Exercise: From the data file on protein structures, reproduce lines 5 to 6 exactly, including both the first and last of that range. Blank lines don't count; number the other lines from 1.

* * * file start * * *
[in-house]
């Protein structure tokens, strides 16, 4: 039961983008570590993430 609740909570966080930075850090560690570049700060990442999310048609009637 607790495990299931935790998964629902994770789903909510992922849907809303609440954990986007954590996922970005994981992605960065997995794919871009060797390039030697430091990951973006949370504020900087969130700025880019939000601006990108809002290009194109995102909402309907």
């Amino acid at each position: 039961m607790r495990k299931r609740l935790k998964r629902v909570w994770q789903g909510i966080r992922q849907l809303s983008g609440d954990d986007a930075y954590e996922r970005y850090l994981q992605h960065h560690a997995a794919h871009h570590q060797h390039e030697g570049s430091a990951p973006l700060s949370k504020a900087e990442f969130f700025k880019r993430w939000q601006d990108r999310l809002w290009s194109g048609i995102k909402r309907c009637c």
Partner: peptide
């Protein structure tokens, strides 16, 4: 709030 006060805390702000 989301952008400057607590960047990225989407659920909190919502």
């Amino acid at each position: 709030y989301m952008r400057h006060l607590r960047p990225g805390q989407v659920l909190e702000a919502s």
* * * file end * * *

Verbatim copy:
């Protein structure tokens, strides 16, 4: 709030 006060805390702000 989301952008400057607590960047990225989407659920909190919502």
């Amino acid at each position: 709030y989301m952008r400057h006060l607590r960047p990225g805390q989407v659920l909190e702000a919502s």